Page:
5. Shortly after this. Rankin, C. J., and Mukherji J., had to consider a similar question in Satish Chandra Joardar v. Kumar Birendra Nath Roy Bahadur. : AIR1927Cal225 . There the plaintiffs had asked for leave to appeal to England. It appears that the valuation which was put upon the plaint for the purpose of court-fee was apart from mesne profits a valuation of some Rs. 930 only and the plaintiffs, having failed in the first Court, brought an appeal to the Court of the District Judge on the footing that the value of the subject-matter was under Rs. 5,000. The District Judge found in their favour but the High Court in second appeal was against them. When they wanted to say that the real value of the subject-matter amounted to more than Rs. 10,000, it was contended that they were estopped,
'because they cannot approbate and reprobate and that their action in taking their appeal to the Court of the District Judge means that they took an advantage on the basis that the valuation of the suit was much lower than what it is now said to be.'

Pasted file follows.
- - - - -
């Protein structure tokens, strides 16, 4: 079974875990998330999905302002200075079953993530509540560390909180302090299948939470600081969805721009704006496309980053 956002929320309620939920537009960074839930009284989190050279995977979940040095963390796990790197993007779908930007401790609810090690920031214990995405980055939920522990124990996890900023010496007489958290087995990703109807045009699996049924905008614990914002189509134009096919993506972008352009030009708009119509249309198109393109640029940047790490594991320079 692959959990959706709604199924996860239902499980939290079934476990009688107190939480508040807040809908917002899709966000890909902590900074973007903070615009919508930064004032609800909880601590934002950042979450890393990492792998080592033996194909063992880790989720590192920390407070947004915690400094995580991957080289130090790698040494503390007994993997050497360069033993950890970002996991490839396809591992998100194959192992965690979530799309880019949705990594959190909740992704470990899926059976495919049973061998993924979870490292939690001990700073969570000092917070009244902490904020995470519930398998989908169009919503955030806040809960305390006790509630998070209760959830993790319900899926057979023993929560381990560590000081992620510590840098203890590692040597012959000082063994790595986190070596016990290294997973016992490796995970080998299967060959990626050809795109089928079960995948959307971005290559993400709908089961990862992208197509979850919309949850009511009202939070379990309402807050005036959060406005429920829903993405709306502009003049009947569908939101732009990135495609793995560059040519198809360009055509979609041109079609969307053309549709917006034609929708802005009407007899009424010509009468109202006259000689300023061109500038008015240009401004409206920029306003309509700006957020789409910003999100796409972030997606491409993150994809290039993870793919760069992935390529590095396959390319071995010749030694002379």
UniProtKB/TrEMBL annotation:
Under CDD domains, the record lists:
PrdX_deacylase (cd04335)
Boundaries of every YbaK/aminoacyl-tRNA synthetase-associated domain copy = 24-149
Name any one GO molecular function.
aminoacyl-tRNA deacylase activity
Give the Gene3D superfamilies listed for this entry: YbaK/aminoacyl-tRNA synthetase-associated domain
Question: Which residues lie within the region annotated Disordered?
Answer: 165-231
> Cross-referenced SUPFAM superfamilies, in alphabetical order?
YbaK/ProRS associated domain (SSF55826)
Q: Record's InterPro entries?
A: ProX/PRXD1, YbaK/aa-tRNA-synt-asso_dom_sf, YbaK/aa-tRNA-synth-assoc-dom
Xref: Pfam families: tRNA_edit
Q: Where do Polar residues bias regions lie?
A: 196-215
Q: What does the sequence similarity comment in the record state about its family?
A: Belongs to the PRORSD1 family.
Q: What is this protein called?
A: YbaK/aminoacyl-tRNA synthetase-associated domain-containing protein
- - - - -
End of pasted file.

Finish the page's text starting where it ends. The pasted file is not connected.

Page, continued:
Rankin, C. J., said that the view of the law appeared to be that for an appellant to proceed to a higher Court immediately was to take an advantage but it was not correct to say that to proceed to a lower Court and take a chance of what the lower Court would do was to take an advantage. In view of this he held that there was no scope for saying here that the plaintiffs were estopped, because they could not approbate and reprobate and rejected that contention. A few years later the same question fell to be considered by Rankin, C. J., when he was sitting with C. C. Ghose, J. in Mahendranarayan Ray v. Jankinath Ray : AIR1931Cal417 . The plaintiff had valued the land for the purpose of court-fee at Rs. 2,658. The defendant adopted and accepted this valuation for the purpose of an appeal to the District Judge. If, in fact, the subject-matter of the suit had exceeded Rs. 5,000, the first appeal would have lain to the High Court. On a 2nd appeal to the High Court, the decree of the lower appellate Court was reversed and the judgment of the trial Court restored. When the defendant applied for leave to appeal, it was contended that the defendant could not be heard to allege that the subject-matter of the suit in the Court of first instance was of the value of Rs. 10,000, in view of the fact that he had adopted the valuation made by the plaintiff and on that basis had obtained the advantage of an appeal to the District Judge. If the view taken in Satish Chandra Joardar's case (E), that the taking of a chance of an appeal to a lower Court does not amount to taking an advantage had been adhered to, the contention that the defendant could not be heard to allege that the subject-matter was of the value of Rs. 10,000 on the principle that a party cannot be allowed to approbate and reprobate, should have been rejected. Rankin C. J., however, pointed out that the earlier cases, namely, 10 Moo Ind. App. 313 (PC) (A) as also : AIR1927Cal418 , had not been cited before the Court in : AIR1927Cal225 , and had these cases been cited, they would have shown that the reasoning, which he then accepted, was inconsistent with authority. His Lordship further states that Rameshwar's case (D), and the observations of Lord Chelmsford in Mutusawmy'g case (A') are distinct authorities to show that the doctrine that a party cannot for this purpose both approbate and reprobate applies to the case where he appeals to the lower appellate Court upon a valuation inconsistent with the valuation upon which he seeks a certificate enabling him to appeal to the Privy Council.